FNA and cytology typically provide information that generates important initial conclusions about the nature of a pet’s particular ailment.

Sometimes, enough of a diagnosis can be achieved via FNA and cytology. Other times the results are more vague and indicate that further testing like biopsy is needed to achieve a diagnosis of greater certainty.


Although the concept of collecting tissue for microscopic evaluation is similar, the differences between performing biopsy and FNA are substantial. While FNA is minimally invasive, biopsy is more invasive as it requires a greater degree of pain relief and immobilization, like injectable or inhalant anesthesia.

FNA involves a needle and syringe to aspirate cells, whereas biopsy requires the use of a surgical instrument, such as a scalpel blade or a biopsy instrument (needle, core instrument, etc.) to cut into the mass-like lesion. FNA only permits sampling of a small representative population of cells, while biopsy involves the collection of a section of tissue. Essentially, biopsy is like taking a large scoop of ice cream, while FNA is more akin to a small spoonful.

One of the key places where biopsy and FNA differ is the potential to achieve an accurate diagnosis. Biopsy permits the pathologist to see different layers of tissue. Contained in these layers is information about the presence of both normal and abnormal cells.

Visualizing how the normal and abnormal tissues appear in opposition to each other helps create an increased likelihood that the true nature of the current disease process will be best understood.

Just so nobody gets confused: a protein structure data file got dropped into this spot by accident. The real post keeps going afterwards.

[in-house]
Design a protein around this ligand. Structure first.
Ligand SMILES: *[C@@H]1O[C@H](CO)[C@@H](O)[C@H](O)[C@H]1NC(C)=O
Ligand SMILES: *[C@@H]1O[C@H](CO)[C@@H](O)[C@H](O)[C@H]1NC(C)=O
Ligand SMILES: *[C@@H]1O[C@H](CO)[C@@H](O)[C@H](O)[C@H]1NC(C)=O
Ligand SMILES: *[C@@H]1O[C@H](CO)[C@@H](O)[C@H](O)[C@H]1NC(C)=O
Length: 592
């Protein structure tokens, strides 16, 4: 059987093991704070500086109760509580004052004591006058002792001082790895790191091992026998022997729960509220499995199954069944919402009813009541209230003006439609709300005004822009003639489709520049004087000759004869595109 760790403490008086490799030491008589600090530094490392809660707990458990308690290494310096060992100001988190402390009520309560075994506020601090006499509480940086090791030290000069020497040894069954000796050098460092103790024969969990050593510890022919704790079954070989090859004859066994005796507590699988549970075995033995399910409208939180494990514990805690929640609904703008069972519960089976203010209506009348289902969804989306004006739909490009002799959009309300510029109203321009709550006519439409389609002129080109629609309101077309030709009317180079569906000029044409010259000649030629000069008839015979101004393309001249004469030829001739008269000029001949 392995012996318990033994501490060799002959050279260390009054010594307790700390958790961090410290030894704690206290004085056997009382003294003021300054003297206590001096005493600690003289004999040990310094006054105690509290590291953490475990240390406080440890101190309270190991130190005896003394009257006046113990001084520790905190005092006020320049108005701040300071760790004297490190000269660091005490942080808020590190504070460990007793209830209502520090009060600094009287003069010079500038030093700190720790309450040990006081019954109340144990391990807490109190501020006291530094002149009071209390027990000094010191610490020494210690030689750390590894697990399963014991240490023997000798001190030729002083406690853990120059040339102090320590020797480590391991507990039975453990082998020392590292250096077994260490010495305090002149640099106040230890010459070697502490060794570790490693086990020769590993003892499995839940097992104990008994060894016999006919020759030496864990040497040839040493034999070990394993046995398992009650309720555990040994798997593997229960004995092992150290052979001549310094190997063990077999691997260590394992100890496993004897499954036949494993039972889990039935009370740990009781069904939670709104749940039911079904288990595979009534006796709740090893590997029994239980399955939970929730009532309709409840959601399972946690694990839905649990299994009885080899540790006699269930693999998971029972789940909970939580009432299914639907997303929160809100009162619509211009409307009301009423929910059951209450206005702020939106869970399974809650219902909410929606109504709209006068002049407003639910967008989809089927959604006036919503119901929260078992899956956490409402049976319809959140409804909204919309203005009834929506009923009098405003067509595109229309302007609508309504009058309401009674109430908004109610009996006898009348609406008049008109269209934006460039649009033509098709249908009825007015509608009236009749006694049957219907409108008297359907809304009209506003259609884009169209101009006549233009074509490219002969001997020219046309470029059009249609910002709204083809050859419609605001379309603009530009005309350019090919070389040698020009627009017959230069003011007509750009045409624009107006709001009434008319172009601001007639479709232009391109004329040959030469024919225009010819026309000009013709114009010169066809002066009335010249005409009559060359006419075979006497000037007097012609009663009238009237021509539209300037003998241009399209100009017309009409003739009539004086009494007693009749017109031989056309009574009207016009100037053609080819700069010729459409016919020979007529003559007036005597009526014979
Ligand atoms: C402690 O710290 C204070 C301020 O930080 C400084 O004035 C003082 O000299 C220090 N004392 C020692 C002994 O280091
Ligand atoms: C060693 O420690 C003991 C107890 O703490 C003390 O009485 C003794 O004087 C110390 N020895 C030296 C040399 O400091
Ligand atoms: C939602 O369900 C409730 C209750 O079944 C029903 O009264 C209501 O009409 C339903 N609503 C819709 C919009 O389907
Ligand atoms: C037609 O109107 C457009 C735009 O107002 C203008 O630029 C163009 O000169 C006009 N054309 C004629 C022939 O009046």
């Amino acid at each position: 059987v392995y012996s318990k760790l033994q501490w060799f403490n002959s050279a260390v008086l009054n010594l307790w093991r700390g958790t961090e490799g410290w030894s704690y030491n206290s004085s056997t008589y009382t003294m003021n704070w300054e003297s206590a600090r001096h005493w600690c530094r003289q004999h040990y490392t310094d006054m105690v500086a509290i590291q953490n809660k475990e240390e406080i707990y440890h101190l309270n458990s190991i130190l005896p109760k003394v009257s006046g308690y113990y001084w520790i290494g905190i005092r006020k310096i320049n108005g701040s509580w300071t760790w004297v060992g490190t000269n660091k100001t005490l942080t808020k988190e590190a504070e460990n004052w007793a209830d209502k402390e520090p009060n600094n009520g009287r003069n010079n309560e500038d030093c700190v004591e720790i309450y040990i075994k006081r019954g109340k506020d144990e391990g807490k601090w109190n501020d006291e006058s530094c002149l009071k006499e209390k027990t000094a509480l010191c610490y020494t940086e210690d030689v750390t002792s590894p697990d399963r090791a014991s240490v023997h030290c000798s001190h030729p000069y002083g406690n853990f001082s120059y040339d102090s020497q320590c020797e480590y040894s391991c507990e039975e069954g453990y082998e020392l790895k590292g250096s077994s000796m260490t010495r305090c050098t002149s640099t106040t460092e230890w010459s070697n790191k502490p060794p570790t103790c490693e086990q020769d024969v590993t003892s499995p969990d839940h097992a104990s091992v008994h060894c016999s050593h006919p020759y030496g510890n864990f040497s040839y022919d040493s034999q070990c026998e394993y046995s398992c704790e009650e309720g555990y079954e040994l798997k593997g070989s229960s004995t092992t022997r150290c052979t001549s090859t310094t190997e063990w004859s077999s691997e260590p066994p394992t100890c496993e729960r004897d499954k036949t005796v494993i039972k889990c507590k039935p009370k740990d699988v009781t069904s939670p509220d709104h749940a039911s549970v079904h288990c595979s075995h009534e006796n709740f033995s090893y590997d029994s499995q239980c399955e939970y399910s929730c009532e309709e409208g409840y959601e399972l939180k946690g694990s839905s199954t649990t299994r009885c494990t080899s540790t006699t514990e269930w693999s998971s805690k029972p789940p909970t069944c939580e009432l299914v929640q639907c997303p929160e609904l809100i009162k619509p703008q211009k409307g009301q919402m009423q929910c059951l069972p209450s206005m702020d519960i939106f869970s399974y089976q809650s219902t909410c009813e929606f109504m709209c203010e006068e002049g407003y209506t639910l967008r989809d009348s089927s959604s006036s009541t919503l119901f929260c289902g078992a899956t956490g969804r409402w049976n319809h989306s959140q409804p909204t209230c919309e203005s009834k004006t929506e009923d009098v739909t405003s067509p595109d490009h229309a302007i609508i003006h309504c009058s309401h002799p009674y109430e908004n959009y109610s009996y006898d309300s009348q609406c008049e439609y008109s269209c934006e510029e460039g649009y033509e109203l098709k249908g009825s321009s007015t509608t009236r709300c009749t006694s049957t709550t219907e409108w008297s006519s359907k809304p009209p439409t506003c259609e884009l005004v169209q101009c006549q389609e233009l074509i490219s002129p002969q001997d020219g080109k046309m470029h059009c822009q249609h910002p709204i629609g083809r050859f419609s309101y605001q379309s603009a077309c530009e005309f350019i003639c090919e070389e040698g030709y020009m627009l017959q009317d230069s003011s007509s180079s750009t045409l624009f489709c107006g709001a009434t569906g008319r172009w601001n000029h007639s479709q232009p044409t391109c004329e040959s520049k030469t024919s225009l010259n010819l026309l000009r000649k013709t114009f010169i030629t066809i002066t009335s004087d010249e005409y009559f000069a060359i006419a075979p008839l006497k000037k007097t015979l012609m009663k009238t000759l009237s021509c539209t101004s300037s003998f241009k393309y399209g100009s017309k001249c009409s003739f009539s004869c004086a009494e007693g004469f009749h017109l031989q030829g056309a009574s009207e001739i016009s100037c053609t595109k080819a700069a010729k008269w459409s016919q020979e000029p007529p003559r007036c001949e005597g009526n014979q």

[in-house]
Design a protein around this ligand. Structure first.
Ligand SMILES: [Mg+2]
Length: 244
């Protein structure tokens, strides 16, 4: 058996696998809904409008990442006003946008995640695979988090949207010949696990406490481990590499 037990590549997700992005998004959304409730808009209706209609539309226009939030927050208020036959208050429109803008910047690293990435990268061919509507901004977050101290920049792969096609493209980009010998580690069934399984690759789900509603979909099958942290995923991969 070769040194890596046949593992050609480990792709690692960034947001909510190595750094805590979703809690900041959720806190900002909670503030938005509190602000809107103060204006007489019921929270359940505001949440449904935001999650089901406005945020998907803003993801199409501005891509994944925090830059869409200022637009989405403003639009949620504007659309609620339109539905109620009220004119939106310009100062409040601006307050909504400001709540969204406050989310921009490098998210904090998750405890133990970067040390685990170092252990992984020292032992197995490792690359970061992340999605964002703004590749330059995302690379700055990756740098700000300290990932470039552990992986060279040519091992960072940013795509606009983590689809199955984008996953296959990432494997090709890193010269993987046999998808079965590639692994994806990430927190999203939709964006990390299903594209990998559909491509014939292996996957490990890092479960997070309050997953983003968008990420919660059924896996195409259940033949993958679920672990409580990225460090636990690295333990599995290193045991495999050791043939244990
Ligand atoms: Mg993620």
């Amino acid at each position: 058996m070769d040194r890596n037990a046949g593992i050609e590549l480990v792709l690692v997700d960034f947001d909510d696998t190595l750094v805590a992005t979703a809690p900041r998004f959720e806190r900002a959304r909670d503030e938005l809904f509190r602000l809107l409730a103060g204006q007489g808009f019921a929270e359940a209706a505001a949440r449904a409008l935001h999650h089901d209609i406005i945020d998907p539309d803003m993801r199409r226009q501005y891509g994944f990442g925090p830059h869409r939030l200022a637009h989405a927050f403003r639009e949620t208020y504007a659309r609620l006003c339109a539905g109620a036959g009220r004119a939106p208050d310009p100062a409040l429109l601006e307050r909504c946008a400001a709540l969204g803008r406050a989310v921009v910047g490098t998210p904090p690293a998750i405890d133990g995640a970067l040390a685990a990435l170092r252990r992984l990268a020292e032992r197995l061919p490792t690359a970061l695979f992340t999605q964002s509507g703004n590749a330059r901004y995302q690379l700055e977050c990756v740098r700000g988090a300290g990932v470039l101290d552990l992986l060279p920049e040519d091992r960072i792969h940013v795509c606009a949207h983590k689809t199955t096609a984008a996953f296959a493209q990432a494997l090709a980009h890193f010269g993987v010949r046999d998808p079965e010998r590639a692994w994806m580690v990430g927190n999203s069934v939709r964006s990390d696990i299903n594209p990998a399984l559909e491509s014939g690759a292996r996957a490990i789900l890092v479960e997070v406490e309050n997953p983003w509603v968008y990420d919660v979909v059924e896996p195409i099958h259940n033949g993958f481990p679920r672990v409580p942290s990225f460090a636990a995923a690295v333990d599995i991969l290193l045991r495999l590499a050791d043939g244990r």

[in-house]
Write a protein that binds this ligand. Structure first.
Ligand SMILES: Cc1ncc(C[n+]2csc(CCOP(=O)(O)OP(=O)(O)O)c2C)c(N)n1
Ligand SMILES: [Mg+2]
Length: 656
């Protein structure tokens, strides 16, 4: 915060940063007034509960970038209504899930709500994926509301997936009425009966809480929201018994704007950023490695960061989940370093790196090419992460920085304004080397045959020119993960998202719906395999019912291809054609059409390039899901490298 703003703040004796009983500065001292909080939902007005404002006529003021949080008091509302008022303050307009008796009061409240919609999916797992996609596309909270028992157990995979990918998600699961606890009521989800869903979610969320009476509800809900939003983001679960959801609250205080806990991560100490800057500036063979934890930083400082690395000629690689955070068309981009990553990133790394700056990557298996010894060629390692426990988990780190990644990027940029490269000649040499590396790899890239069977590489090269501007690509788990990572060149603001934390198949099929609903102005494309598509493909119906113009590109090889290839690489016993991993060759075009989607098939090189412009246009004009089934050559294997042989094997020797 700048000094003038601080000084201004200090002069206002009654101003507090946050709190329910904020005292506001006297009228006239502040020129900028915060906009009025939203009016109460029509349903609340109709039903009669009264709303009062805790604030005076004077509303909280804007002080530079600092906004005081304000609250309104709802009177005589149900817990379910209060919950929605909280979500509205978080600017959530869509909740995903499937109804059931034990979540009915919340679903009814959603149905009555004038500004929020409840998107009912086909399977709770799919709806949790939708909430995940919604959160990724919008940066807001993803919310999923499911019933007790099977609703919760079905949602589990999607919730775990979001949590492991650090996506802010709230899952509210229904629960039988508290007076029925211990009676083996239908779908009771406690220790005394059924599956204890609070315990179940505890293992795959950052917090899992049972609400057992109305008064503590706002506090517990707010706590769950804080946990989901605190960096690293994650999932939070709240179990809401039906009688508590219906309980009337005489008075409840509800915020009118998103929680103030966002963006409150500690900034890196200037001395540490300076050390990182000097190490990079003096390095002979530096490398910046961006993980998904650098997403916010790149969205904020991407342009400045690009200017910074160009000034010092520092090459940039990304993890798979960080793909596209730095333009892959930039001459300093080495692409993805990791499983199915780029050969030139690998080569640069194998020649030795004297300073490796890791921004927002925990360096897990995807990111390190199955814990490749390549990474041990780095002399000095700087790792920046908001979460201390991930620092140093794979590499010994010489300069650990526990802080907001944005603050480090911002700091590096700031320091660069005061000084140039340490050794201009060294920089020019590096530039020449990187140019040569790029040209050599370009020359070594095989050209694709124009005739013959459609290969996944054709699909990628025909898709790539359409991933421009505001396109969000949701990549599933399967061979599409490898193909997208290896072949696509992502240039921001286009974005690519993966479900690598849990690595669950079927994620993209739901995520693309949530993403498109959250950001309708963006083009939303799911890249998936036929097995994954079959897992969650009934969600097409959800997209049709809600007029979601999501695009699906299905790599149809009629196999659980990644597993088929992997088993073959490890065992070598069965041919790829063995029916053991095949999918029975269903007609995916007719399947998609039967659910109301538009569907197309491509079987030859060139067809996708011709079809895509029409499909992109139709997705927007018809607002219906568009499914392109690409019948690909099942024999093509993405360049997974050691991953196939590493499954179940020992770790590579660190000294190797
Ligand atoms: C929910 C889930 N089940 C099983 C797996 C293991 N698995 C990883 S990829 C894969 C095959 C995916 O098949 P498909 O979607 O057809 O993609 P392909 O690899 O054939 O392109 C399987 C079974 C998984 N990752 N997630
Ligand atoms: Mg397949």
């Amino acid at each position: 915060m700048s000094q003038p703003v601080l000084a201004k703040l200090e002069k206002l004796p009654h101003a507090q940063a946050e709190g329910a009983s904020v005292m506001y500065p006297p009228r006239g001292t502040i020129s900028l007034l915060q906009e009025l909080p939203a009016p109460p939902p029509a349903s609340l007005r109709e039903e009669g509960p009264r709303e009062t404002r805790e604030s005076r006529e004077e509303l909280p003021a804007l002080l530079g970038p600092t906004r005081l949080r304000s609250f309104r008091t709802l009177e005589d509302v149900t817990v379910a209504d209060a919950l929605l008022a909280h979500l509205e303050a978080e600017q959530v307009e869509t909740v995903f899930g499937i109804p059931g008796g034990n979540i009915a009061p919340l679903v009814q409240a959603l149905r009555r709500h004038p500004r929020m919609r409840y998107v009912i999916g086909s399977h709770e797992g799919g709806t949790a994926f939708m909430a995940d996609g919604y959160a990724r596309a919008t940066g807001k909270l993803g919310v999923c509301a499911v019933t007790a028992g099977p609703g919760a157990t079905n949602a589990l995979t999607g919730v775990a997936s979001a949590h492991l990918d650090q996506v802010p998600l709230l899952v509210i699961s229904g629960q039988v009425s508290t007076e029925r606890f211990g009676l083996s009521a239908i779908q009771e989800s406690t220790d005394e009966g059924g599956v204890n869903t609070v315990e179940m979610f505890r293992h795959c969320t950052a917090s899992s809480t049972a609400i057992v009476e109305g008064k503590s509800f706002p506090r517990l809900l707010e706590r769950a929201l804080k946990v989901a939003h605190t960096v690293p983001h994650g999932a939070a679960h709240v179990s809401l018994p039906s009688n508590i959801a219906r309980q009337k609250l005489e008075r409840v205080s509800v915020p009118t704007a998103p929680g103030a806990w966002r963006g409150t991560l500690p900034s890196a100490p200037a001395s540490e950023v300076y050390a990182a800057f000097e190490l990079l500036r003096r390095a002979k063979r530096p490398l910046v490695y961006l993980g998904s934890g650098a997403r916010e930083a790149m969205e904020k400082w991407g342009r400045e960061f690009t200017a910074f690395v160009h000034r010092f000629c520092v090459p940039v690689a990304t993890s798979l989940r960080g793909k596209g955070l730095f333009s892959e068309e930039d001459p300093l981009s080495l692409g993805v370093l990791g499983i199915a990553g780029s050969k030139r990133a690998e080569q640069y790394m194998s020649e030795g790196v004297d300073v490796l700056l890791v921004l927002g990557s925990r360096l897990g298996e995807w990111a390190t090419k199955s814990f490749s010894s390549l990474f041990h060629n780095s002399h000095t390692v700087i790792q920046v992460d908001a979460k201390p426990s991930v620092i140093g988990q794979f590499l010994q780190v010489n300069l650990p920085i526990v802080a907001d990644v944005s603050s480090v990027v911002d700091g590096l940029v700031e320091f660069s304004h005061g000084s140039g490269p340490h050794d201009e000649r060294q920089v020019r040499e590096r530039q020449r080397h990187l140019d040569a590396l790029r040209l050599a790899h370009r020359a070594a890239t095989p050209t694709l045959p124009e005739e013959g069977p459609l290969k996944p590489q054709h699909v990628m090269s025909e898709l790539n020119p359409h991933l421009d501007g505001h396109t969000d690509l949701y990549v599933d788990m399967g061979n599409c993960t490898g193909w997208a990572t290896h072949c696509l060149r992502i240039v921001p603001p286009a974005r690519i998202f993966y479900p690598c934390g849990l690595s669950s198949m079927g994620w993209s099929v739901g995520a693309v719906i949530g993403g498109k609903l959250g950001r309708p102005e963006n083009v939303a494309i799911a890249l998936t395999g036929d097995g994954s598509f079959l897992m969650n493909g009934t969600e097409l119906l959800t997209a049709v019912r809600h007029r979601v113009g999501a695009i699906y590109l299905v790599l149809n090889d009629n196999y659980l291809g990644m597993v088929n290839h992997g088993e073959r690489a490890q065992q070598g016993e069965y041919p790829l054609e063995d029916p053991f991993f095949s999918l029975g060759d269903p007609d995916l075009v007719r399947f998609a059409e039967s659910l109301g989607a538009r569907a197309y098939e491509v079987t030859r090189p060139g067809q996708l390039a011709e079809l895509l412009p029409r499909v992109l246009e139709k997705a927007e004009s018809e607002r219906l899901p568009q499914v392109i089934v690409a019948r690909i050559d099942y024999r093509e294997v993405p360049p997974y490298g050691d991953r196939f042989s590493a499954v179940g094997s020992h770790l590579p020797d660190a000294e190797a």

Either a piece of tissue or an entire mass is removed when performing a biopsy.

Incisional or core biopsy is where a section of tissue is attained by cutting into the mass.


Excisional biopsy is a procedure where the entire mass is removed from the body.

Some types of cancer can conceivably be cured, or a patient can at least be put into remission (where no other clinical manifestations of disease can be determined), through excisional biopsy.

For Cardiff, excisional biopsy has been the means of resolving his clinical signs and putting him into remission (see Surgical Treatment of Canine T-Cell Lymphoma in a Dog). 

I’m an advocate of surgery as the best type of treatment for Cardiff’s cancer, yet it’s not possible, appropriate, or affordable for all pets to have mass-like lesions removed.

In Cardiff’s case he is also receiving ongoing chemotherapy to kill the cancer cells that can form new tumors (see After Cancer Remission, Using Chemotherapy to Prevent Recurrence).

Look for my next articles soon, where I cover blood and urine testing, radiographs (x-rays), ultrasound, MRI, CT scans, and other means of cancer staging used for our pets.

Patrick Mahaney, VMD, CVA, CVJ


Patrick Mahaney, VMD, CVA, CVJ